Despite being a big enough star to have his own BBC1 series, Skinner remains defiantly down-to-earth. Indeed, his messy appearance - shirt- tails hanging out of his trousers, tousled hair - rather clashed with the dry ice, the Las Vegas set ("Frank" spelt out in 10ft-high letters against a galactic backdrop apparently borrowed from the opening titles of Star Trek) and the smart, showbizzy ambience of a venue whose very corridors are haunted by the slick shades of Tarby and Brucie and other scions of the pro-celebrity golf wing of comedy. But Skinner's great knack is to cause you to forget about the glitz and the other 1,999 people and make you think you're his best mate.
All comedians want to be liked; very few manage this successfully. At the end, some lads in Luton Town shirts at the front were chanting as though "Skinner" was the name of their football team. Even his put-downs of hecklers -"What's you name? Don't feel you have to rush. You've probably got it on a tattoo" - are done with the smile of a cuddly assassin.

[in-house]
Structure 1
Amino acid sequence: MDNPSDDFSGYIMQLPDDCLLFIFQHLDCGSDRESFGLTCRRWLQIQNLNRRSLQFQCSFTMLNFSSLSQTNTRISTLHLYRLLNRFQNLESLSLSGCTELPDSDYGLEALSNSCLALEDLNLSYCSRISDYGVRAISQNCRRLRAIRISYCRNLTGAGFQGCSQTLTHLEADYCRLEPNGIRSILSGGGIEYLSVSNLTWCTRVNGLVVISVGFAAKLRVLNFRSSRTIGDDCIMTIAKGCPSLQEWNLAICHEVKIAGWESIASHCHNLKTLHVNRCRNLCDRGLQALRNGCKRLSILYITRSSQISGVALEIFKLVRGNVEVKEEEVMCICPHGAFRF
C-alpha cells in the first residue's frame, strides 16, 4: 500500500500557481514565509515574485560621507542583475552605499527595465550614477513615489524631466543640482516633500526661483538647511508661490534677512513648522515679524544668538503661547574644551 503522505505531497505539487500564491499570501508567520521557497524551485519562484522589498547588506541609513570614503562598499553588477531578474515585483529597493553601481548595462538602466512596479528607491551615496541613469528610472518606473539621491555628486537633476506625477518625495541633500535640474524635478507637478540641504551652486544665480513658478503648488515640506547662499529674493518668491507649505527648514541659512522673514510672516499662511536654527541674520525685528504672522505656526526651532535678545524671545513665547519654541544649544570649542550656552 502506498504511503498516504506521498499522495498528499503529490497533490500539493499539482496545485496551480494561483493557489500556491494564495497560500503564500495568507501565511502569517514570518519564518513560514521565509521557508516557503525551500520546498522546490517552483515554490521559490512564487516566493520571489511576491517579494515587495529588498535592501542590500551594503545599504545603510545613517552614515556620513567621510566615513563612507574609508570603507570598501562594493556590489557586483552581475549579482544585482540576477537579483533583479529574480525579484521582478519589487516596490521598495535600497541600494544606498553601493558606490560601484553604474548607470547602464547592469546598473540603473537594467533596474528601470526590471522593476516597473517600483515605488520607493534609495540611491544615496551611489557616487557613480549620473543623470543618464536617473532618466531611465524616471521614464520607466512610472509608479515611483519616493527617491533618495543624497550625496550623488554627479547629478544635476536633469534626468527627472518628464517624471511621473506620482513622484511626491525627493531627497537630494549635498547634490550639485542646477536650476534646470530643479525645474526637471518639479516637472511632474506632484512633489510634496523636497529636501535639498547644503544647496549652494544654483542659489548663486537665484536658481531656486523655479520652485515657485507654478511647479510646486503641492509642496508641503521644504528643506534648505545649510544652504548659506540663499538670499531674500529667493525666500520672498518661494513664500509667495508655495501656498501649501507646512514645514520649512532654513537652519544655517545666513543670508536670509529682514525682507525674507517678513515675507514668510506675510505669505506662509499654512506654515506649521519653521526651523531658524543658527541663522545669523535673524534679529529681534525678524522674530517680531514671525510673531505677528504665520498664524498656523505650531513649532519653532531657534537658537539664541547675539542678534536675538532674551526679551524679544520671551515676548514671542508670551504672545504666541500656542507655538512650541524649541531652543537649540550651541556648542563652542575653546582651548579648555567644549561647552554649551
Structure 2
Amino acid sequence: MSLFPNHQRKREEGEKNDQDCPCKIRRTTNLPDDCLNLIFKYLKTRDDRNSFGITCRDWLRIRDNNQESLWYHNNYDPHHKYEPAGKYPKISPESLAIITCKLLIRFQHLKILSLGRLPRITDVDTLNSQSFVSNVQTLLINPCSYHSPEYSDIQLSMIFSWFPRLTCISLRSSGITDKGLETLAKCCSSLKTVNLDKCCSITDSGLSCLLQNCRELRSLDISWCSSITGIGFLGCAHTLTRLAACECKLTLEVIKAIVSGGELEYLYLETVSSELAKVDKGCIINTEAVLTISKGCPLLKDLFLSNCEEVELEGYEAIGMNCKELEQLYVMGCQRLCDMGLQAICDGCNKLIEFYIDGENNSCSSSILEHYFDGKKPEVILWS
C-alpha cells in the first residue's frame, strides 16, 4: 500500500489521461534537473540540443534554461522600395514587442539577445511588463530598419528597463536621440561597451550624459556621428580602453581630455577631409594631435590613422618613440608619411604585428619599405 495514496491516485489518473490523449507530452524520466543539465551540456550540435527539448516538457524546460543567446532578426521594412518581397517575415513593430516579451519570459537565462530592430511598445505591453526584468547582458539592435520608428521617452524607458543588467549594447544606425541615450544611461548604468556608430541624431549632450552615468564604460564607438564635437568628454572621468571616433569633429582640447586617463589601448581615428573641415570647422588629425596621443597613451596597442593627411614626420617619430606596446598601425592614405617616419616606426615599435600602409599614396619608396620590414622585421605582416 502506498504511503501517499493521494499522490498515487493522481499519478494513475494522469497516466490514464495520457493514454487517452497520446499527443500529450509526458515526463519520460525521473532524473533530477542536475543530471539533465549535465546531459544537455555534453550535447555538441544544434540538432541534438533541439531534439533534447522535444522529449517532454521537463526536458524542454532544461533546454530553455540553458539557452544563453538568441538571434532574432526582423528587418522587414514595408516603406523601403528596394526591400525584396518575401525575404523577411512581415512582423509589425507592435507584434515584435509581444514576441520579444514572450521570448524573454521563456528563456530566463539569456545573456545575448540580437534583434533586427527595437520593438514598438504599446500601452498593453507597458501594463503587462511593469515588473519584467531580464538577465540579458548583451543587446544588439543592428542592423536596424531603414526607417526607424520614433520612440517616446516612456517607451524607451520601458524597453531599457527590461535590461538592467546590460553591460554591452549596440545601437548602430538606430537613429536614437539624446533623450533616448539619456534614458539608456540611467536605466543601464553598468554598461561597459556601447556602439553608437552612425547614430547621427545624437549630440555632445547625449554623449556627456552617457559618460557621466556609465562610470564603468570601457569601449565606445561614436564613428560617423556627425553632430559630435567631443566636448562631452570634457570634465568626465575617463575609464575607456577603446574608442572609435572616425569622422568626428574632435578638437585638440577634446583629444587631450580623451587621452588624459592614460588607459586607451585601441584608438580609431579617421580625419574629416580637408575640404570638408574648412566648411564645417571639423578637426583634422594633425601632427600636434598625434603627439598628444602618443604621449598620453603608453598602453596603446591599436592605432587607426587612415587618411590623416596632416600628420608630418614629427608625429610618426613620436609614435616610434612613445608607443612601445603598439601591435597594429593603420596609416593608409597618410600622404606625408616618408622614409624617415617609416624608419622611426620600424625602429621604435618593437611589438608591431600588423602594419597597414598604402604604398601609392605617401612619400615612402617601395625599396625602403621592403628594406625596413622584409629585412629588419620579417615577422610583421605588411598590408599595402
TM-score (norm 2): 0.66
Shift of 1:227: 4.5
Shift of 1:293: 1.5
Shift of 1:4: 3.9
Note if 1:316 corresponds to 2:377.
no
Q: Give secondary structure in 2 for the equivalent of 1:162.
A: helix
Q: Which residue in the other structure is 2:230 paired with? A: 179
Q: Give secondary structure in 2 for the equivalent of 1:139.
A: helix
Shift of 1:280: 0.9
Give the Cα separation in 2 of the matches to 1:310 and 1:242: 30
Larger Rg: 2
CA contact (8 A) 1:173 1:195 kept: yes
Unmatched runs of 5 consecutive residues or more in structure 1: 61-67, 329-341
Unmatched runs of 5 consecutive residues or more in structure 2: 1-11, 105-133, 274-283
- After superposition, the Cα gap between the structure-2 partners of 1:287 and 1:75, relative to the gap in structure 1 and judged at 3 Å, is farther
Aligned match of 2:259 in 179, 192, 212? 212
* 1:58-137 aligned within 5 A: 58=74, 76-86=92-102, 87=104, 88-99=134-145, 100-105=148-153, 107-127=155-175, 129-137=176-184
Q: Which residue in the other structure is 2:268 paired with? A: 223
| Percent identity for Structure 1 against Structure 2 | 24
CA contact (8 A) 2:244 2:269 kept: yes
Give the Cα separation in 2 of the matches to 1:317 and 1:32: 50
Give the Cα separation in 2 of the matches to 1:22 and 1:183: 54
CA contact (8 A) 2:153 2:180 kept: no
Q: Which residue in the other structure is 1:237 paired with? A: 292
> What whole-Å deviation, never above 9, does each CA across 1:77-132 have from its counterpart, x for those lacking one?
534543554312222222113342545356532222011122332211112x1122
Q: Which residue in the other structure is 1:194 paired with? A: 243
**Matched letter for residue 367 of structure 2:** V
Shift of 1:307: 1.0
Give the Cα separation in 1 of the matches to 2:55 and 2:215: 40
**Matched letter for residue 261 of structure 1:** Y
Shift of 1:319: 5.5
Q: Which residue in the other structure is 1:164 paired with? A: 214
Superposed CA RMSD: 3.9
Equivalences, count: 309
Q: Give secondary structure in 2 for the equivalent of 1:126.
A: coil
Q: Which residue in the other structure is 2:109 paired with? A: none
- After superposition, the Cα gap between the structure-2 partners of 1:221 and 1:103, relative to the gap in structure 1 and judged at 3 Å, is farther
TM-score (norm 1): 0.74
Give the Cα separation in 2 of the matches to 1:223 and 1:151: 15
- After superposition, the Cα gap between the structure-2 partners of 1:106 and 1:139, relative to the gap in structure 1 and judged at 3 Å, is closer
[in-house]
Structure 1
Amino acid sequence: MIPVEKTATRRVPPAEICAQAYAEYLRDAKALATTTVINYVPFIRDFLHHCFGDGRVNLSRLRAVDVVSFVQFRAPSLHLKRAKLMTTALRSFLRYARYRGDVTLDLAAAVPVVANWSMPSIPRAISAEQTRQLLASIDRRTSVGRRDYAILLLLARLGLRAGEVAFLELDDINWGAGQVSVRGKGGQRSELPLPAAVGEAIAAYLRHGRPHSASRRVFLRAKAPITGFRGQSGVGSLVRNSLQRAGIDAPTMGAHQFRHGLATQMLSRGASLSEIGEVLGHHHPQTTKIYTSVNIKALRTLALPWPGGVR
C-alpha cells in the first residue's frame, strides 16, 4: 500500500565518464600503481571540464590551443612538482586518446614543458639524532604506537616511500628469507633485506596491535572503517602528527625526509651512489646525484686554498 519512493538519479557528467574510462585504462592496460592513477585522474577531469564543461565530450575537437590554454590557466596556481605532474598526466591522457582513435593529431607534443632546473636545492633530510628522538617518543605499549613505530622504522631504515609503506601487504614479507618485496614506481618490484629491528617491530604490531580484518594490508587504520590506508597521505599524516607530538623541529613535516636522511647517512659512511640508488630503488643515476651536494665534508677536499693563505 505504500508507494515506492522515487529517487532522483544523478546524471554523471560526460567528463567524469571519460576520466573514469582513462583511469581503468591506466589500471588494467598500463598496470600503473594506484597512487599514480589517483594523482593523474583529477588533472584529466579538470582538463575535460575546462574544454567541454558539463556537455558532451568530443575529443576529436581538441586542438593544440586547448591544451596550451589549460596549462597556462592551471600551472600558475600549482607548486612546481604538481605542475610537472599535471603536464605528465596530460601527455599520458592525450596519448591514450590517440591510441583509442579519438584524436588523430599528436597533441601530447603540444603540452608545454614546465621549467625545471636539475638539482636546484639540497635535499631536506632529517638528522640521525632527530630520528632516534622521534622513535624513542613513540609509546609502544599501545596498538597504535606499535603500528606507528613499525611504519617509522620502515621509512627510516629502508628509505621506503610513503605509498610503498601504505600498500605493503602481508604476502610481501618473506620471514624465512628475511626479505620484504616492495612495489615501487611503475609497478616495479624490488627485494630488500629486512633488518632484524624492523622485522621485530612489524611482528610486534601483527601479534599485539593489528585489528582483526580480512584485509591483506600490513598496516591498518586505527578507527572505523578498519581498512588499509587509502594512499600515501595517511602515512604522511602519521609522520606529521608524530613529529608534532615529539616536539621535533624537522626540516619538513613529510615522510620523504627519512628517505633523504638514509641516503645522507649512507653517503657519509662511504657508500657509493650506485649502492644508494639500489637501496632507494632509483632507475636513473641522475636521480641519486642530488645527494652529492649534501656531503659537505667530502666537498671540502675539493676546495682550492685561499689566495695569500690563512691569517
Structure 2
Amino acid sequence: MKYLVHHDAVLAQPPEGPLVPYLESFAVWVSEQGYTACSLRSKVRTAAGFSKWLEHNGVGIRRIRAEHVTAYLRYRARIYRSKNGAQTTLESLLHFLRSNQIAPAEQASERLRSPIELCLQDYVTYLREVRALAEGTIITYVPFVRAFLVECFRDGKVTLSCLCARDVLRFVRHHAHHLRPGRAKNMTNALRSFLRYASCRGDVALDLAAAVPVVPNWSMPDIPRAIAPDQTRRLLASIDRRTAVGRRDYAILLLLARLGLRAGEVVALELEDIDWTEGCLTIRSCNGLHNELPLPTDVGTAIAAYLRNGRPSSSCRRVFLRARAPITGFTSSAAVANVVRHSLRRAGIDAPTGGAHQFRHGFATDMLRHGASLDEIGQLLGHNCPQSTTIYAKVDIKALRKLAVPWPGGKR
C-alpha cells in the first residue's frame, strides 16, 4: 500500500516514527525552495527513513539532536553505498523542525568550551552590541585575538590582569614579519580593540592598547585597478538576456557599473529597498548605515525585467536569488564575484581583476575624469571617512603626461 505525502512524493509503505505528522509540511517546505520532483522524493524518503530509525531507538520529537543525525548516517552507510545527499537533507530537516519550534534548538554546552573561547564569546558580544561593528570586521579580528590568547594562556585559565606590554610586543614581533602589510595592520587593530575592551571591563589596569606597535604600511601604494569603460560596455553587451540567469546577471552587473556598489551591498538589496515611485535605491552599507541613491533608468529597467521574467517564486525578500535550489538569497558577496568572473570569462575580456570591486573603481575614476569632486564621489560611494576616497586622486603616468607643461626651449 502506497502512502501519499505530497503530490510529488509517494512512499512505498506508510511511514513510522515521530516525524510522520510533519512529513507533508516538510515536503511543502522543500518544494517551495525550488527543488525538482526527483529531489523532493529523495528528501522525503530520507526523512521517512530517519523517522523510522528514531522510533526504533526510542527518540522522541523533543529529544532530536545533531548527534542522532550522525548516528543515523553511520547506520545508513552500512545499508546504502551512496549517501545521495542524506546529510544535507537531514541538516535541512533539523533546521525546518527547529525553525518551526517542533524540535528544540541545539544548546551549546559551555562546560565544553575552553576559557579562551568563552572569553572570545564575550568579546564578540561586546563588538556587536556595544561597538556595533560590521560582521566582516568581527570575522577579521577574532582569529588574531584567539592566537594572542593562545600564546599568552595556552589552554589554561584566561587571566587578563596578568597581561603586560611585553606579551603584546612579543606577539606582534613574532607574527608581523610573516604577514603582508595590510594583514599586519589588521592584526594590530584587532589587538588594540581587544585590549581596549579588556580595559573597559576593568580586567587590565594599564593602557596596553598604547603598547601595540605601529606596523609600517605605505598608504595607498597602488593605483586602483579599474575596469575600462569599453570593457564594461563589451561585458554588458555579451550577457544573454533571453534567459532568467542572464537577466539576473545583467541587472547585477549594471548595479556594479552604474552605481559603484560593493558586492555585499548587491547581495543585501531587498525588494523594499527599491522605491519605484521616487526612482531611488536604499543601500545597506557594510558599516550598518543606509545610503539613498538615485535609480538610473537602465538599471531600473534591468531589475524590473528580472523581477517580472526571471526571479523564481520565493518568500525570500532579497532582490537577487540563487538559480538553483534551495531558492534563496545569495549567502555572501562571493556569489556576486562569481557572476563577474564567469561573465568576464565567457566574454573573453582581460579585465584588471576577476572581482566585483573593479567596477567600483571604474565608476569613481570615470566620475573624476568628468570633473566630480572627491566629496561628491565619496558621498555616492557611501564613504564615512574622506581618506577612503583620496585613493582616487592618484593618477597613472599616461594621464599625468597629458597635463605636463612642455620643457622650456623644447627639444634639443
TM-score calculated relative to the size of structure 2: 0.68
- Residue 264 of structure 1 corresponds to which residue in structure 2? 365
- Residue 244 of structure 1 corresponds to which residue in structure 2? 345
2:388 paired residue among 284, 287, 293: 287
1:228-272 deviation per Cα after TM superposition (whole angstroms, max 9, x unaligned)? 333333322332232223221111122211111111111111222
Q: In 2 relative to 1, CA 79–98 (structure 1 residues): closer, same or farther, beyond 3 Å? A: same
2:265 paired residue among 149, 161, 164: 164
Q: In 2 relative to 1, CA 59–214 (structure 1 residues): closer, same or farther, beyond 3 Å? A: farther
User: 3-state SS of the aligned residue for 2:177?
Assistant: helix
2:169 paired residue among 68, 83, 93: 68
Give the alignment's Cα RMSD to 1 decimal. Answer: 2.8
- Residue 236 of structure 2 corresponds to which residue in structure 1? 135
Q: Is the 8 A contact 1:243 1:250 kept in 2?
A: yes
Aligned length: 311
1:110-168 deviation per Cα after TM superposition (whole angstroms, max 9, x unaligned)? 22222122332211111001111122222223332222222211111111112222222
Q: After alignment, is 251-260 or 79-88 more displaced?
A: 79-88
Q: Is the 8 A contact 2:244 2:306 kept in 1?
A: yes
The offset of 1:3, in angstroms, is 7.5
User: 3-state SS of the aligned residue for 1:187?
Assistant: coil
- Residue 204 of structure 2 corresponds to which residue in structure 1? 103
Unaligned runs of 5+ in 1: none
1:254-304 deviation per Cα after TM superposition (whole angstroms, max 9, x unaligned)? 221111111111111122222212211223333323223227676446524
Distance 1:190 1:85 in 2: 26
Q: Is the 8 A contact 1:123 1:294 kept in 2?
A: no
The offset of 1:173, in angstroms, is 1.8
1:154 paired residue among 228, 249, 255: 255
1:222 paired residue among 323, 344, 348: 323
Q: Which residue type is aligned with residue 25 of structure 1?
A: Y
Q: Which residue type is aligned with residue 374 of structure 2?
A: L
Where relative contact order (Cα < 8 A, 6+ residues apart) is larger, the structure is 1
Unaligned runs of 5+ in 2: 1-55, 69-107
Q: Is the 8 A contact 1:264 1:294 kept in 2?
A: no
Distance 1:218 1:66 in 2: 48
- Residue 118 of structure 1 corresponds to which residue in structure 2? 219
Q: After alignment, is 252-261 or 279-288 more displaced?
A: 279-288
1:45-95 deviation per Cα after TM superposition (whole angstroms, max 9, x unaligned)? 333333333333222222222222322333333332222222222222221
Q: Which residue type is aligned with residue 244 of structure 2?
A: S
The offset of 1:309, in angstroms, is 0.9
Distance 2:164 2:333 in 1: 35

The key to Skinner's appeal is his candour. By apparently taking every single person into his confidence, he makes them all feel special. If someone tells you of their bed-wetting and masturbating exploits, then you're bound to feel privileged (even if the stories may have been tickled up for public consumption.) A full recounting of Skinner's sexual preferences - laid out in glorious detail on stage - is not suitable for a family newspaper. After casually recalling, "One night I was having anal sex, right..." he interrupted himself with a laugh. "You know, that might be the first time that sentence has been said on this grand old stage."
He went on to tell tales that would probably raise more than the eyebrows of viewers who only know him as the cheeky jokesmith sparring with Bob Monkhouse on Gagtag. About the most printable was his reflection on the supposed braininess of dogs: "I don't respect the intelligence of any animal that is surprised by its own farts."
There's no reason why Skinner shouldn't go on as long as Monkhouse. His bloke-next-door image appeals to all ages. As if to confirm that, Sunday's show climaxed with Michael Aspel scuttling on stage to present Skinner with the This Is Your Life book.
JAMES RAMPTONReuse content